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Kenia 03/06/2024

BIG interview with Karakuta Farm Kenya, avocado and fresh herbs all year round.

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Established by Ms Grace in 2017 with 180 acres, her strategy is to integrate the entire value chain from nursery to packaging and importation for greater sustainability. ‘Our goal is to have 200 acres of avocados in production and integrate other farmers from our Kiambu location’ reported Grace Ngungi the founder and owner of Karakuta Farm, interviewed by Fructidor president Christophe Durrieu.  
A business model designed for greater social impact
‘We are very lucky that our farm is located 40 km from Nairobi, on a single site, which used to be a coffee plantation owned by the family’ reported Miss Grace. Her project to set up an avocado farm was born out of her experience working with development programmes of international organisations. ‘This helped me to appreciate business models that create impact and alleviate poverty; businesses should not only focus on profits; they need to consider the environment in which they operate and the impact it has on communities; this is also important for sustainability.
Strengthened social and environmental commitment
Karakuta Farm is GlobalGAP certified, guaranteeing its strict adherence to best agricultural practices. SMETA certificates endorse its social and environmental systems and policies. In addition, part of its farms are certified organic. This supports a segment demanded by some of its customers. ‘The key to our business was to create farms that consistently deliver value to partners over the long term; we have invested in building relationships with our partners,’ explains Grace. More and more European customers are attracted by the sustainability factor. The Kenyan avocado proves to have a very low water footprint compared to dry production areas such as Malaga or Peru, due to the country's humid climate, located at the latitude of the Equator. Supplementary irrigation is only necessary for a couple of weeks during the 4 dry months of January, February, September and October.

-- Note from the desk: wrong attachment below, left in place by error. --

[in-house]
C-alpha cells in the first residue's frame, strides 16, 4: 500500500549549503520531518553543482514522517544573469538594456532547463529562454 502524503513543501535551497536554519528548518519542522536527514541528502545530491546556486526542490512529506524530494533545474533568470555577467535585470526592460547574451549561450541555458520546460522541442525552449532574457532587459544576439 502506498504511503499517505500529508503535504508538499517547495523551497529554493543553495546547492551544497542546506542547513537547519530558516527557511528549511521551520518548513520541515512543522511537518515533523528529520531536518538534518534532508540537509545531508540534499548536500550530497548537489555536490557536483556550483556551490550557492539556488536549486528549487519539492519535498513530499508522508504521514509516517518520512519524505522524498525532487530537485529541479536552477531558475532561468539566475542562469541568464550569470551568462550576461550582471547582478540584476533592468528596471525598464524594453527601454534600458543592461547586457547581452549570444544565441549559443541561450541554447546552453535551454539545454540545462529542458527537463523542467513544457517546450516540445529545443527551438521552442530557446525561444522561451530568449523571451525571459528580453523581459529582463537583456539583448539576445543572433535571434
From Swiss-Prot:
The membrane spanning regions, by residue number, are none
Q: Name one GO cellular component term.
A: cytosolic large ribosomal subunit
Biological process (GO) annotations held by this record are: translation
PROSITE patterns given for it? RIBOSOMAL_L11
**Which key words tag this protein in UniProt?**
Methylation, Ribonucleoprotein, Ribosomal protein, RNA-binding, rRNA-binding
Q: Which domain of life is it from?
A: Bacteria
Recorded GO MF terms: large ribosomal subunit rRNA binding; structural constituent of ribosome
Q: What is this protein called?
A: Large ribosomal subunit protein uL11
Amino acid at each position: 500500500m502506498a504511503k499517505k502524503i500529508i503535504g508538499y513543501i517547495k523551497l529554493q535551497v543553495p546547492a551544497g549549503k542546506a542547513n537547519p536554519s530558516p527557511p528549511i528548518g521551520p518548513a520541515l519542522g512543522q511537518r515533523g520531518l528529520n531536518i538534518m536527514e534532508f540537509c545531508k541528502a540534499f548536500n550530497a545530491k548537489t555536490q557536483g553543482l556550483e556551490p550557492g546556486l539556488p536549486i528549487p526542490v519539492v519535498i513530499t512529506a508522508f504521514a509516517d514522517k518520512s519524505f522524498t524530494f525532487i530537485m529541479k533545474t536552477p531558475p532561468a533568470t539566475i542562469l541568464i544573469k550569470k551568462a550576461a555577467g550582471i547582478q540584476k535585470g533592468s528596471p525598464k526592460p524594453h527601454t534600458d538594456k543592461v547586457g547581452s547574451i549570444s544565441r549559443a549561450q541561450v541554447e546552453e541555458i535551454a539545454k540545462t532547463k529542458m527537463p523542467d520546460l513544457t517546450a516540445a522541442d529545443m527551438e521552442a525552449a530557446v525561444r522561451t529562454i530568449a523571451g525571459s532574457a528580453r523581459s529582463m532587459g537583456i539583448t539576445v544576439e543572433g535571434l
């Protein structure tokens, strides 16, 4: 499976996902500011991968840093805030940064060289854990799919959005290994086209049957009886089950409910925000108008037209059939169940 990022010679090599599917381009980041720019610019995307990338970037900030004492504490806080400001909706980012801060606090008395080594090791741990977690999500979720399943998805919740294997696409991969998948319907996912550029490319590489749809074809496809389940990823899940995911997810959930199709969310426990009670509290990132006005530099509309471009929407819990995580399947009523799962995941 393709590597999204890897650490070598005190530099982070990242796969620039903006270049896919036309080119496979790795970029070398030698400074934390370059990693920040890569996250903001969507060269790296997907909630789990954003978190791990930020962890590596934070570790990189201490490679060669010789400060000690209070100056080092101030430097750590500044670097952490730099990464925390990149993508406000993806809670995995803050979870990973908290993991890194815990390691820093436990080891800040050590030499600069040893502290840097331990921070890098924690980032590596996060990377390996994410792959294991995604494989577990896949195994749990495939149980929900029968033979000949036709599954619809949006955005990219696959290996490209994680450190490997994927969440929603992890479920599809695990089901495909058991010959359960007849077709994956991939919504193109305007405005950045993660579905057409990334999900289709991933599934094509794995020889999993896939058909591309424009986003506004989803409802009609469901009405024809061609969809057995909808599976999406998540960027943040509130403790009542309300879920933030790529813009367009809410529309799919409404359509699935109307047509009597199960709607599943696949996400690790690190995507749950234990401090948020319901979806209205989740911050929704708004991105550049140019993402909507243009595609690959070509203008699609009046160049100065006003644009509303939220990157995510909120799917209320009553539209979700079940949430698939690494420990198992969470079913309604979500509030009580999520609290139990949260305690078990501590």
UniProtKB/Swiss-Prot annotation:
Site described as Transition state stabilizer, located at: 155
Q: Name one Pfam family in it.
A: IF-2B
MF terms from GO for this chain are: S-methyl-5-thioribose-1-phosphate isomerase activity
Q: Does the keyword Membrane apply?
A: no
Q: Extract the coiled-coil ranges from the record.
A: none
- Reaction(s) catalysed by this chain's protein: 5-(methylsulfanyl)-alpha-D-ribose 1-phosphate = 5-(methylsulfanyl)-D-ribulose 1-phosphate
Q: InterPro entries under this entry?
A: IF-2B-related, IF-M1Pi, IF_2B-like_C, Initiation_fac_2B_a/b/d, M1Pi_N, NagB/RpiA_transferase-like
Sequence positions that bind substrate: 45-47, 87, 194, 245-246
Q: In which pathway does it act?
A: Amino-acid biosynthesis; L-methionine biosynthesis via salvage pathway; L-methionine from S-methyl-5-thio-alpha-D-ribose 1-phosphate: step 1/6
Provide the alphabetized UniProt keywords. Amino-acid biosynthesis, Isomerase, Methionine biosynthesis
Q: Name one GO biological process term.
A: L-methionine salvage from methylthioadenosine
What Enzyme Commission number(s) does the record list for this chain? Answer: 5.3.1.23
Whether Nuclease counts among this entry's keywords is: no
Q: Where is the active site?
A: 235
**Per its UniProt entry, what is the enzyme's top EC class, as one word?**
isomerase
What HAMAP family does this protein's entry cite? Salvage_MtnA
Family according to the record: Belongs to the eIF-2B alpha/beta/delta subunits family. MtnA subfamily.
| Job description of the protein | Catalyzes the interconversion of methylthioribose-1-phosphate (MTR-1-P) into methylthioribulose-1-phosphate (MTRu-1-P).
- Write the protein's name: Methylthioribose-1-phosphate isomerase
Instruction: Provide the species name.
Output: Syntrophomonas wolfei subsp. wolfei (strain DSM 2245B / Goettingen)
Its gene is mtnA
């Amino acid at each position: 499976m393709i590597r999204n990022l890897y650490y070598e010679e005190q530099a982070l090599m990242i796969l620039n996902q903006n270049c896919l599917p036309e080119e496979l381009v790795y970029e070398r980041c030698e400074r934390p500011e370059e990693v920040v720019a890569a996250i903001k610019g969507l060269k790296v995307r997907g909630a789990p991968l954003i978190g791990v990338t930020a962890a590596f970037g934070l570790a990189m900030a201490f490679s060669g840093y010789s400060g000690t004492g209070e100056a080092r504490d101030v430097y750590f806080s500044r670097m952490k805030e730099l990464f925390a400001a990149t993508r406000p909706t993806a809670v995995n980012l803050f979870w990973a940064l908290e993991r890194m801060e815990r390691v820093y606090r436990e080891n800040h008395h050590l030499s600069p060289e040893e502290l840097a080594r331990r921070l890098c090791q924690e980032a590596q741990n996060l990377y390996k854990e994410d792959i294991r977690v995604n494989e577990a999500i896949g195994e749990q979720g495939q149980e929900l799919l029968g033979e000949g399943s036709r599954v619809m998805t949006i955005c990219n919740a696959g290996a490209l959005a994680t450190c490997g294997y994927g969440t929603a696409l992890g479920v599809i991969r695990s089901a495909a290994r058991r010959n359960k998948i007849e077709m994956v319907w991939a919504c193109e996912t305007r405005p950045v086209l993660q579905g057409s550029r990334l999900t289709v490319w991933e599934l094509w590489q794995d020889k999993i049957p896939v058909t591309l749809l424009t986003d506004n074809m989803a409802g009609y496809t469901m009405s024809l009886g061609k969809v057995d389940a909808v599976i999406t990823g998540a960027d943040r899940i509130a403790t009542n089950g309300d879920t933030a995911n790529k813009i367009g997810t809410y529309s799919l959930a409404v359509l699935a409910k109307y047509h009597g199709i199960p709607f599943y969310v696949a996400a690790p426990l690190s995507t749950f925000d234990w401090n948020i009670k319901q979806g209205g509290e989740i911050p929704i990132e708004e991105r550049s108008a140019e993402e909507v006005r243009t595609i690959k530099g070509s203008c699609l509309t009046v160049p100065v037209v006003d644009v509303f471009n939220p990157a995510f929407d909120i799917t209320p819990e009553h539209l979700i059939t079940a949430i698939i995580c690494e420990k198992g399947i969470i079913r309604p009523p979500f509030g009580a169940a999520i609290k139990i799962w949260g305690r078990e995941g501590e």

Year-round supply of avocado and fresh herbs
Spain is so far the main destination for Karakuta avocados, followed by the UK, the UAE and the Netherlands. Last season, 400 tonnes of avocados were exported, and a 10% increase is forecast for 2024. The Kenyan harvest runs from March to July, with a second, short harvest coming from October to November and accounting for around 20% of annual volumes. ‘We continue our season in Tanzania from November to March, where we have an office, to supply our customers all year round,’ Grace reports. Fresh herbs are the other exported category, with Germany, the United Kingdom and the United Arab Emirates being the 3 main customers. The volumes transported weekly by air are about 10 tonnes of basil, 2 tonnes of chives, 500 kg/week of tarragon, 300 kg of thyme, 300 kg of mint, 200 kg of coriander, 200 kg of habanero chilli, plus 100 kg/week of lovege, oregano and sage each.


Integrated and sustainable
Karakuta also supports women farmers and smallholder farmers in the community. Some 1,500 farmers are currently supported, 70 per cent of whom are women. According to Grace, until the recent emergence of some large and medium-scale farmers like Karakuta, medium and small-scale farmers have been the basis of Hass agricultural production in Kenya. Karakuta's vision is to ensure that such farmers remain relevant as suppliers of Hass avocado to world markets. Karakuta Farm sees itself as an ‘uncle farm’ for other smaller farmers in the same growing area. ‘Our outgrower programme provides farmers with early maturing, high-yielding hybrid seedling varieties sourced from Brokaw Viveros in Spain. The seed technology requires less water and therefore reduces the water footprint. All this after technical training that reflects the specifications of our customers. With this kind of support, our small farmers can produce quality fruits that we offer to our customers as our own production,’ explains Grace, ’The size of our farm allows us to have our own packing house to be more efficient, unlike most farmers who need to work with separate packing houses. Karakuta plans to install a packaging centre on the farms in 2024/25.
Testing and multiplication of trees
Karakuta has established partnerships with certified nurseries such as Brokaw Viveros (Malaga) and has set up its own experimental farm to test and multiply the most productive and resilient clonal seedlings. ‘Our nursery is currently testing 3,000 different Hass avocado seedlings,’ Grace reports. Karakuta Farm has also started selling seedlings to farmers in other African countries, such as Tanzania, Uganda, Burundi and Ghana.
Ready for Asian markets
As a former British colony, the UK and Europe are our traditional markets. China and India are emerging markets, although the quality standards and health requirements are different,’ Grace explained. These markets will offer interesting opportunities as they have a large population base. For more information about buying avocados or Karakuta herbs, please send us an email on vv@fructidor.com
Become Gold

Interview with Grace Ngungi and Christophe Durrieu.
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